on 29 Aug 2023
Despite a fear of the ocean, Ipah Uid Lynn is carving out a niche as underwater photographer of the micro marine world
Underwater photography is a rapidly growing pastime for Scuba divers and snorkelers – anyone who has had time to enjoy swimming with marine life and exploring under the sea. The field is dominated by men who roam the oceans looking for that spectacular shot of whales and dolphins, or close ups of turtles.
Ipah Uid Lynn defies almost every convention of the globetrotting underwater photographer. Born in Malaysia, Ipah was 19 years old when she was struck by a jet ski during a visit to the sea. The craft rammed Ipah’s midsection, and she suffered broken ribs, her liver was torn in half, and her stomach was punctured. She was pulled under the water and nearly drowned in the wake of that jet ski.
She then spent two weeks in an ICU and another two months in the hospital. The accident left her afraid to go anywhere near the ocean. “I don’t know how I went through this ordeal, but I am glad I am alive today,” says Ipah, a loquacious and energetic person. “But if this didn’t happen, I wouldn’t be where I am today.”
After the accident, she married and had six children, one of whom is autistic and has additional needs. You would be forgiven for thinking that she’d have nothing further to do with the sea.
But her husband, a Scuba enthusiast, convinced her to try the water just once more. So, in her mid-30s, Ipah did what she thought she’d never do. “I did a Discover Scuba Diving course, and it was just as scary as you could imagine,” she says. “The fear was gripping.”
Her dive instructors were able to get her down to depths of 10 metres and there, everything changed. It was then that she noticed the coral forests and sea life – “like in a Nemo story!”.
“That was the day I told myself, ‘Okay, whoa, this is a whole new, different world’. I wanted to do something about this. If I can break this fear, then I could do everything else,” says Ipah. “And that was the moment I decided, ‘OK, I think I’m going to pursue this. I’m going to start diving, break the fear, learn, and build confidence.”
Ipah didn’t just conquer her fear – she put it to good use. After her discovery dive, she went on to become a dive instructor herself. Then, she founded a dive centre and school on the Perhentian Islands, a pair of small islands just a few nautical miles off the west coast of Terengganu, Peninsular Malaysia.
The Perhentian Islands have a few resorts and dive schools, plus a protected beach for turtles to lay eggs.
Ultimately, the dive centre proved too much for Ipah and her husband, and they sold it in 2015. The work of keeping six kids in tow, plus the distance between her home in Kuala Lumpur and the dive site, was too much to handle. Also, Ipah had decided the time had come to focus on her photography. Luckily, her husband helps around the house.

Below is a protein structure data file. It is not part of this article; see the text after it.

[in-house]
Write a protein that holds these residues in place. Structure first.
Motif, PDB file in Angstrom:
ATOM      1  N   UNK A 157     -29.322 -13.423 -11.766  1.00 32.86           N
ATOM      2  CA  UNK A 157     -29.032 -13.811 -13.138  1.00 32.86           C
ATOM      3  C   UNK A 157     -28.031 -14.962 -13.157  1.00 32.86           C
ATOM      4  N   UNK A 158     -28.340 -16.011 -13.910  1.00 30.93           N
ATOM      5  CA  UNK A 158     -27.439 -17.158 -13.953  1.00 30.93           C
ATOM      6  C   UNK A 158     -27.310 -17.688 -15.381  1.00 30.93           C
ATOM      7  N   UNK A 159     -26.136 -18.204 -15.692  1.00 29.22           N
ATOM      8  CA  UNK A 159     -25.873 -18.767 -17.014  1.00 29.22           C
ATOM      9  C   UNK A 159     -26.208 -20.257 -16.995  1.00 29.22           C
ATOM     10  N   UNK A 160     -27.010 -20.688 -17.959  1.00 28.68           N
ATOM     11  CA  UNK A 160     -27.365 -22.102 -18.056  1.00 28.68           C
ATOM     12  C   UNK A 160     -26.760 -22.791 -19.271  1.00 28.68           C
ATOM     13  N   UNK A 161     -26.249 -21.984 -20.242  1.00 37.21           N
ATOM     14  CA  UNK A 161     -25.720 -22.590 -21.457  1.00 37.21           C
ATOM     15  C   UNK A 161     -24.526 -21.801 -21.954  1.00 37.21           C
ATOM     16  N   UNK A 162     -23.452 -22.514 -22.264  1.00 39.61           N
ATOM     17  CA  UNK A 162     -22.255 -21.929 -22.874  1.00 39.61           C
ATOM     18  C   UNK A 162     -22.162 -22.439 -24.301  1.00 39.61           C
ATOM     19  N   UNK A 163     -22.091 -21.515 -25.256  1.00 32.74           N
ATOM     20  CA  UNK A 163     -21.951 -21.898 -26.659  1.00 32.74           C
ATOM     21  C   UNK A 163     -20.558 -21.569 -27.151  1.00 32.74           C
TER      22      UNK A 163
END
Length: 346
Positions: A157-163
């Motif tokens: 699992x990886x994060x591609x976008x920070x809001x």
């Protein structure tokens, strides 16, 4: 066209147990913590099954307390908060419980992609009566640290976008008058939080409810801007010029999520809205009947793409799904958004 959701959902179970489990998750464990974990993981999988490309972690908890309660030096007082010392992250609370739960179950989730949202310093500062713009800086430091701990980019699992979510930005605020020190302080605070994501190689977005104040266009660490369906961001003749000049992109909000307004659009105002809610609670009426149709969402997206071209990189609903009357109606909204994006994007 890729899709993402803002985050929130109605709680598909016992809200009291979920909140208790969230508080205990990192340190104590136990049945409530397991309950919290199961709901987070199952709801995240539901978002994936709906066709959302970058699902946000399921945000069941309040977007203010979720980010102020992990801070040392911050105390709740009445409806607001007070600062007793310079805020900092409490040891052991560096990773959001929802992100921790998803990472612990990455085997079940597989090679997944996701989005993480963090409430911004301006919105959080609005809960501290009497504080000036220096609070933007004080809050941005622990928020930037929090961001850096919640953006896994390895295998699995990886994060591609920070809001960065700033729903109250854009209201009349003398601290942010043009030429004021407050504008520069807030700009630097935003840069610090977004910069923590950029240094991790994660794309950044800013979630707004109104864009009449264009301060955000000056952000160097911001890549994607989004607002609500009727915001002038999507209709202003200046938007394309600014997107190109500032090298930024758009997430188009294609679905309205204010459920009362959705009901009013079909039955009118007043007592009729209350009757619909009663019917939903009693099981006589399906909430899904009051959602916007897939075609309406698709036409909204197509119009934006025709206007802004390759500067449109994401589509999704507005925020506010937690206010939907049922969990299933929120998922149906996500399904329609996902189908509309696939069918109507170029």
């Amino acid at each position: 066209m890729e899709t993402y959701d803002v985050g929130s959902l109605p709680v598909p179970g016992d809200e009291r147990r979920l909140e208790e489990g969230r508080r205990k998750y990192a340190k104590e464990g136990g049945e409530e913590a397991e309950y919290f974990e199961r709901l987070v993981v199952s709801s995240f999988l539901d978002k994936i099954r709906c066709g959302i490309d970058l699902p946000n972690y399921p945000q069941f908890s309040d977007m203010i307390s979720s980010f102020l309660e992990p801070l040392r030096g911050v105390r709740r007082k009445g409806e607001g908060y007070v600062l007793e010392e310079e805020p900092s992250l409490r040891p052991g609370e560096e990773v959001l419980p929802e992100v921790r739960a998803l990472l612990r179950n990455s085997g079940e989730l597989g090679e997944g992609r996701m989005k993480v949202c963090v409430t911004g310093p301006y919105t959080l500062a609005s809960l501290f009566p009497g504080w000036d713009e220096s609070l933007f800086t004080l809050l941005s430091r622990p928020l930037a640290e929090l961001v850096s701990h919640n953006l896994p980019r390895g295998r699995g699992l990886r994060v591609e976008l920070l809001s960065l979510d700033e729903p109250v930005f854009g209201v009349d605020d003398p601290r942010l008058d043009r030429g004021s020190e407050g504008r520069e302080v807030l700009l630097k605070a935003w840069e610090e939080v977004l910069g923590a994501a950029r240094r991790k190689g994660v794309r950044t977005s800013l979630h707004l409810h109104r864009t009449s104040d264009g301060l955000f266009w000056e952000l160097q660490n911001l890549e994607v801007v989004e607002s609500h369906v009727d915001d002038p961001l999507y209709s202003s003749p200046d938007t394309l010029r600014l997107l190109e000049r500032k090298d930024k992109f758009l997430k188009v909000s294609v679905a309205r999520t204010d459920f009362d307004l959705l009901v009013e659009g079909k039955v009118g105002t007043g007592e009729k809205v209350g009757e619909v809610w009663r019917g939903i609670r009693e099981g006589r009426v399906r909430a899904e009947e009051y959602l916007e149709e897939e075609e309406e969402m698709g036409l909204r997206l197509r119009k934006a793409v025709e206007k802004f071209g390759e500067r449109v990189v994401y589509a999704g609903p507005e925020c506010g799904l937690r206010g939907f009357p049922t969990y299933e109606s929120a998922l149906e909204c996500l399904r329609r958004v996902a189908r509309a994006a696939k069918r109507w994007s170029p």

She now travels the world in search of great shots, though her favourite locations are still within the countries of the Coral Triangle: Indonesia, the Philippines, Vietnam, Malaysia. Within Malaysia, which is less known for its diving, one of Ipah’s new favourite places for underwater photography is Selakan Island, which is close to the world-famous Sipadan Island, but much less known and visited.
She has found herself guiding and assisting scientists and researchers working on marine projects in these countries, and she now says she’s out on location at least once a month.
While most underwater photographers like to focus on large marine mammals or dramatic underwater scenery shots, Ipah spends a lot of her time focusing on micro view of underwater life. It has made her appreciate the importance of the tiny creatures of the ocean and the huge impact they have on our climate and ocean.
“I observe everything because, for me, every creature is different in its own way. They’re unique,” she says. “When you start seeing them inside the water and you start to observe and you start to understand, you see the role that they play inside the water.”
Her fantastically close-up shots of tiny fish, seahorses, nudibranchs and an assortment of small creatures make up a startling body of work.
Ipah is busy building her online presence and advancing her career as an underwater photographer, and she has become an advocate for marine conservation. She says she visits schools and encourages ocean conservation among young Malaysians.
She is particularly encouraged by the growth of underwater photography in Malaysia, made possible by the proliferation of inexpensive underwater photography gear. In the Malaysian state of Sabah, which is home to some of Malaysia’s best-known dive spots, including Sipadan, Ipah reports that conservation measures are getting more strict, to preserve corals and sea life.
“Most of our oxygen comes from the sea, so if you don’t learn how to take care of the sea, we’re in deep trouble. Our future generations are in deep trouble,” she says. “So that’s what I do. I go down, I observe, and I see how these animals can live together in symbiotic relationships.”
She adds that we humans are also in a symbiotic relationship, with the ocean and sea life, and that relationship is key to our survival. It’s a message she passes to her kids and anyone else who has the courage to look and listen.
All photos courtesy Ipah Uid Lynn
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